"The Seven Ages of Man" first appeared at Sundance Film Festival last year. The three-minute experience shows a volumetrically captured actor reciting the famous speech from "As You Like It." As he describes the human passage through stages of life, a digital tree in the background blooms then slowly wastes away.
In another demo, "The Grinning Man," a theater stage about two meters wide appeared in front of the venue's bar, neon-glow in the background. A five-minute song from the West End musical called "Laughter is the Best Medicine" was performed by nine singing, dancing tiny actors. Andy Serkis -- the motion capture legend of Gollum fame -- directed the demo through his production company The Imaginarium Studios.
Wearing Magic Leap One, audience members stuck their faces right up to the video game-like characters, and maneuvered behind the virtual set for different angles, arms crossed. A man in Allbirds sneakers and a red chili pepper print shirt tried to grab at the stage.
Magic Leap touted the idea that these experiences can immerse the audience better than a 2D screen, or allow the flexibility of watching from different angles. But the narrow field of view and small figures on a stage that's meant to be viewed from the front anyway hardly make it a TV replacement.
Instead, these demos were more compelling as indicators of Magic Leap's intention to merge with traditional art forms.
"All we're doing is going ahead and creating more choice."
After years of hype and stealth, Magic Leap released a $2,295 headset last August. It has been creating a plethora of experiences since -- involving Sigur Ros, Meow Wolf and Star Wars to name a few -- in an effort to find the "killer app" that'll make it a de rigeur platform. In these two experiments, they've taken cues from the world of theater, a form which has a few millennia on mixed reality.
"These are just the very first steps," said Andy Lanning, executive creative producer at Magic Leap, who led both projects. "Our goal was: Can we create that sense of a performance?"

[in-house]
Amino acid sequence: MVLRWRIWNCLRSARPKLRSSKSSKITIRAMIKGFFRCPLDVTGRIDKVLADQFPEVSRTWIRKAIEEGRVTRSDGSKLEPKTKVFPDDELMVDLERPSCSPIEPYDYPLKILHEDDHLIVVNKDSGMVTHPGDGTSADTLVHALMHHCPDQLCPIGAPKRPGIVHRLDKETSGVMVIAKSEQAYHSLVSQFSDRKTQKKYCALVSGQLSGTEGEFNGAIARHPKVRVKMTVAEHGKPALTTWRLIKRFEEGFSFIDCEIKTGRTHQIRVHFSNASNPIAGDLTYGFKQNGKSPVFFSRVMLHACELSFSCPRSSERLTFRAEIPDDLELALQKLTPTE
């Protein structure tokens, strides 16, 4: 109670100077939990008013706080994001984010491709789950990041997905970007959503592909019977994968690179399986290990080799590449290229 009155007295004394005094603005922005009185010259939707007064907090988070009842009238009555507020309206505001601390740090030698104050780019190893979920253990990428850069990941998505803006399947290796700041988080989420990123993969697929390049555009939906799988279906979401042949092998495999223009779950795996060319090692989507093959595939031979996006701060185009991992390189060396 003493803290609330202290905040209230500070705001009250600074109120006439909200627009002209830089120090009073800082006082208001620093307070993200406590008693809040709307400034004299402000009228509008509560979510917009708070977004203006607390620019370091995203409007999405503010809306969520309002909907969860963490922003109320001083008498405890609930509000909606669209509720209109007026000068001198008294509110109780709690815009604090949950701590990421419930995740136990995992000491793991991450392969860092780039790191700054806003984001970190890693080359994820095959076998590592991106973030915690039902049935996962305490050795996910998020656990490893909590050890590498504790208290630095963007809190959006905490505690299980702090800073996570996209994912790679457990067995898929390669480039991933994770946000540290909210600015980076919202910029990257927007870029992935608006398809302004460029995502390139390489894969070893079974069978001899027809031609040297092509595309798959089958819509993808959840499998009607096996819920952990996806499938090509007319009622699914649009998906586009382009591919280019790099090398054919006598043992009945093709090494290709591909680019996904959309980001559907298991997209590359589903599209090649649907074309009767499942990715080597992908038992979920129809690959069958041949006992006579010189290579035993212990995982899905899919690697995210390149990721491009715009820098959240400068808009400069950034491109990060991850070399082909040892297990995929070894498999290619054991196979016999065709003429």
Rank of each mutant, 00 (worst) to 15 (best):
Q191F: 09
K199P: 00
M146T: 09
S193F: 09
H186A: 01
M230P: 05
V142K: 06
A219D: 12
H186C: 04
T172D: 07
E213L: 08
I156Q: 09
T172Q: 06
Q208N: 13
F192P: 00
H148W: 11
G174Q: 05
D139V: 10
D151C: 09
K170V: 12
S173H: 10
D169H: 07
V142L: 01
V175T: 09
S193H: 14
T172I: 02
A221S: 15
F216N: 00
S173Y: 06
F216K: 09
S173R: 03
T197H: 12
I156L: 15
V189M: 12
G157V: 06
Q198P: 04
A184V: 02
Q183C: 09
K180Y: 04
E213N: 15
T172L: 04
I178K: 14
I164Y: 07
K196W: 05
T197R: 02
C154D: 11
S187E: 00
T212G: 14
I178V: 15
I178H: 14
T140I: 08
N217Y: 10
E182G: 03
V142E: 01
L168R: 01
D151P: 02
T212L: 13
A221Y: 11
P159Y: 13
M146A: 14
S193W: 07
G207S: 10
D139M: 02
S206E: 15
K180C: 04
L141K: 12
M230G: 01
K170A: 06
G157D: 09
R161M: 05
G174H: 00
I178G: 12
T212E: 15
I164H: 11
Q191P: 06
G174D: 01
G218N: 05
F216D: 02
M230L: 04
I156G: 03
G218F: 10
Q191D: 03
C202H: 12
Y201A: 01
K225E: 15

Lanning has ideas for what's next.
He's interested in real-time tabletop theater, a West End production in your living room as it takes place on stage -- similar to National Theatre Live, which already exists in cinemas.
Audiences sitting in theaters could also don Magic Leap headsets, allowing organic and synthetic production elements to merge. In "A Midsummer Night's Dream," Lanning says, a fairy could come out from the stage and fly in front of you. (He also warns, though, that "we don't want to oversaturate the experience").
And Lanning wants to create photorealistic volumetrically captured actors that the audience can also interact with.
Sarah Ellis, the Royal Shakespeare Company's director of digital development, said their goal was to expand the toolkit for artists. "All we're doing is going ahead and creating more choice," she said.
Tools like Magic Leap point to a bigger question. As Lanning puts it: "What is the natural, native form of storytelling that's going to emerge?" Early experiments in any new media technology are going to start by replicating old narrative forms -- like remaking the same musical, but smaller and holographic. More interesting is how technology can create an altogether new grammar of theater.
That shift likely won't be made solely by mixed reality. The future of theater doesn't hinge on one technology but the confluence of them. Lanning cites the UK's Secret Cinema as an organization that creates immersive theatrical experiences that start online, where you're assigned a character to play for the evening, before you're even physically present at the show.
The value of "The Grinning Man," then, is not just how an entire production has been photocopied for Magic Leap today, but what could be done with that motion capture footage in the future. "We've bottled that performance," Lanning says, and it could be used in anything from a video-game to a VR experience when the right idea comes around.